Building a strong but flexible identity and learning to deal with diversity are two main educational goals for early childhood education. Because identity is replacing the older concept of race and is serving as the basis for a new form of segregation, it is necessary to redefine the terms "identity" and "cultural identity." Identity involves processes in continual flux, resulting in images of identity at a particular moment. Many children are able to deal with various identities, each with its own value system and own language. It is a mistake to confine identity to membership in a number of subcultures; rather, personal, communal, and universal elements fuse to form a unique identity. The concept of identity becomes dangerous when groups place one part of their identify so high in a hierarchy that other aspects are neglected. The Eriksonian concept of identity needs to be adapted to current society to help children build a personal, multiple self-image and sense of belonging to multiple groups. Early childhood educators can help children negotiate between different reference groups, because child care settings are where children are confronted--probably for the first time-- with society's diversity and complexity. The development of prejudice is also crucial to identity development. Although adults find it difficult to identify prejudice in young children, it is at this age that prejudice should be addressed. An active pedagogy on how to deal with diversity in the group is necessary to fulfill the socializing function of public early childhood education. By discussing forms of diversity, children gradually learn that people can have different views and still understand each other. (Contains 15 references.) (KB)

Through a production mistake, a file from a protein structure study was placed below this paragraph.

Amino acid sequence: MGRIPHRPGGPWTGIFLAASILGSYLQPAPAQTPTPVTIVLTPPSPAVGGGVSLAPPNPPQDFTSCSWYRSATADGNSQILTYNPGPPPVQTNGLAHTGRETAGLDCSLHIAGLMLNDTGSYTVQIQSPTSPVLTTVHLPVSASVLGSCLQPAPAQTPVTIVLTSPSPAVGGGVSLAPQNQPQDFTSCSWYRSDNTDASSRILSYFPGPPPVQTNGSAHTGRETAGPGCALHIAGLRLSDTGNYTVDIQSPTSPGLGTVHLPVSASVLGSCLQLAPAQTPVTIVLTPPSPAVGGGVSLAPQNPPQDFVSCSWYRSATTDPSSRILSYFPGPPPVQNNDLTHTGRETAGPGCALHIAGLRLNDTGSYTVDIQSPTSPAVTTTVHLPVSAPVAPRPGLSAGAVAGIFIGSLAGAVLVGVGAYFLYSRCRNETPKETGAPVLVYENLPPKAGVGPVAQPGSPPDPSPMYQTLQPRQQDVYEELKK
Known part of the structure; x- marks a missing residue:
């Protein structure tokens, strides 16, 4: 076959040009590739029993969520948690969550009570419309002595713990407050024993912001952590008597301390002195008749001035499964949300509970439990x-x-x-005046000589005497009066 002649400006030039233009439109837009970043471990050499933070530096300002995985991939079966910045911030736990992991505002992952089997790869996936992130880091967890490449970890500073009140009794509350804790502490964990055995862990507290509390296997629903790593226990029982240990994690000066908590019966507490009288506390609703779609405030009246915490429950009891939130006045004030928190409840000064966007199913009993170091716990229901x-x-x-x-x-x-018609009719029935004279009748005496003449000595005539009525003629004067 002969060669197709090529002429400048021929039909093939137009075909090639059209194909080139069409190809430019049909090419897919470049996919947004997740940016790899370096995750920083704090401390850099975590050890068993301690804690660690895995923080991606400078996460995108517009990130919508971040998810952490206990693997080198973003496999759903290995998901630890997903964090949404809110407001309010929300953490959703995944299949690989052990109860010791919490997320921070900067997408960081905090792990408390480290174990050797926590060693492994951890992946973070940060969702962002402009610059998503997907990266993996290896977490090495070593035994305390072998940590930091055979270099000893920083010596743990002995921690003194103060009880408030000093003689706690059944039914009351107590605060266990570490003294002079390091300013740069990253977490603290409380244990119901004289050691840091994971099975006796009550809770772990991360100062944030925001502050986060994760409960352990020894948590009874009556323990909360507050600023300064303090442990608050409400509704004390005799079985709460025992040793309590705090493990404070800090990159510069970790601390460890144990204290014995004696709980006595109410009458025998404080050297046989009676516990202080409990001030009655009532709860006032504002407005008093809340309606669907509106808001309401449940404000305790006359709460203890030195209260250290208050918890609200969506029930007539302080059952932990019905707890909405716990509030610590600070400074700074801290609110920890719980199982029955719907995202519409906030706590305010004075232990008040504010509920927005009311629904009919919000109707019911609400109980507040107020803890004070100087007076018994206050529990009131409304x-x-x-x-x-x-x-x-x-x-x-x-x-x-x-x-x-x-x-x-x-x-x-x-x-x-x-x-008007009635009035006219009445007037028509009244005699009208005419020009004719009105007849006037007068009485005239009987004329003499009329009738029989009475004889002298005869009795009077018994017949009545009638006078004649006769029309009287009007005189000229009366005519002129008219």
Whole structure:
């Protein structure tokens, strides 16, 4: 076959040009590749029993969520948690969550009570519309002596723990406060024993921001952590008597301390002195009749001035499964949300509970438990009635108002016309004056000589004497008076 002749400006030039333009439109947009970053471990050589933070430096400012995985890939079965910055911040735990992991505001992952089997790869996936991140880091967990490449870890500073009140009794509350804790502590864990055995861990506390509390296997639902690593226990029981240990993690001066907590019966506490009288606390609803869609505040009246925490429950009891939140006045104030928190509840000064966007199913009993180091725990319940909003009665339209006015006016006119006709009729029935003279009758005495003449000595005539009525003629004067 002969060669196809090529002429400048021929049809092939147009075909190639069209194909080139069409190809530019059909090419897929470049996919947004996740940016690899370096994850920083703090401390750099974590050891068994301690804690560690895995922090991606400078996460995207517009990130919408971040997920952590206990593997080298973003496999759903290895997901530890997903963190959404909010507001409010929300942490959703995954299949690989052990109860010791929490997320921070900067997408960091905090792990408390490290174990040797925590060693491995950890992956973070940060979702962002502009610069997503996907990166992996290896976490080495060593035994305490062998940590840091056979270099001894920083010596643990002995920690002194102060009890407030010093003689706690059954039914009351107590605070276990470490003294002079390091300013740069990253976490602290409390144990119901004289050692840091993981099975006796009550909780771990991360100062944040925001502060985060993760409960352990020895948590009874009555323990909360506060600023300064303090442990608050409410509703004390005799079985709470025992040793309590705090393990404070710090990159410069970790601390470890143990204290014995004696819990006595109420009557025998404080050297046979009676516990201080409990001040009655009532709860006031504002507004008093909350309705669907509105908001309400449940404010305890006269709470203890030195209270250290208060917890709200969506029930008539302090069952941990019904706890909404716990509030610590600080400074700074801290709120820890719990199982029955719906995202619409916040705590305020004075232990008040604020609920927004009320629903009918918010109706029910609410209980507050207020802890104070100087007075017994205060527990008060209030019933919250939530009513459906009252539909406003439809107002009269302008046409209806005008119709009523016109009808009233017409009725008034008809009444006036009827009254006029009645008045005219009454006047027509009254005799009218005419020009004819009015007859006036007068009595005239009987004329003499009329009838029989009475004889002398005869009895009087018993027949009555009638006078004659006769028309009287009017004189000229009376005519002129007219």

Paper presented at the European Conference on Quality in Early Childhood Education (EECERA) Conference (10th, London, England, August 29-September 1, 2000).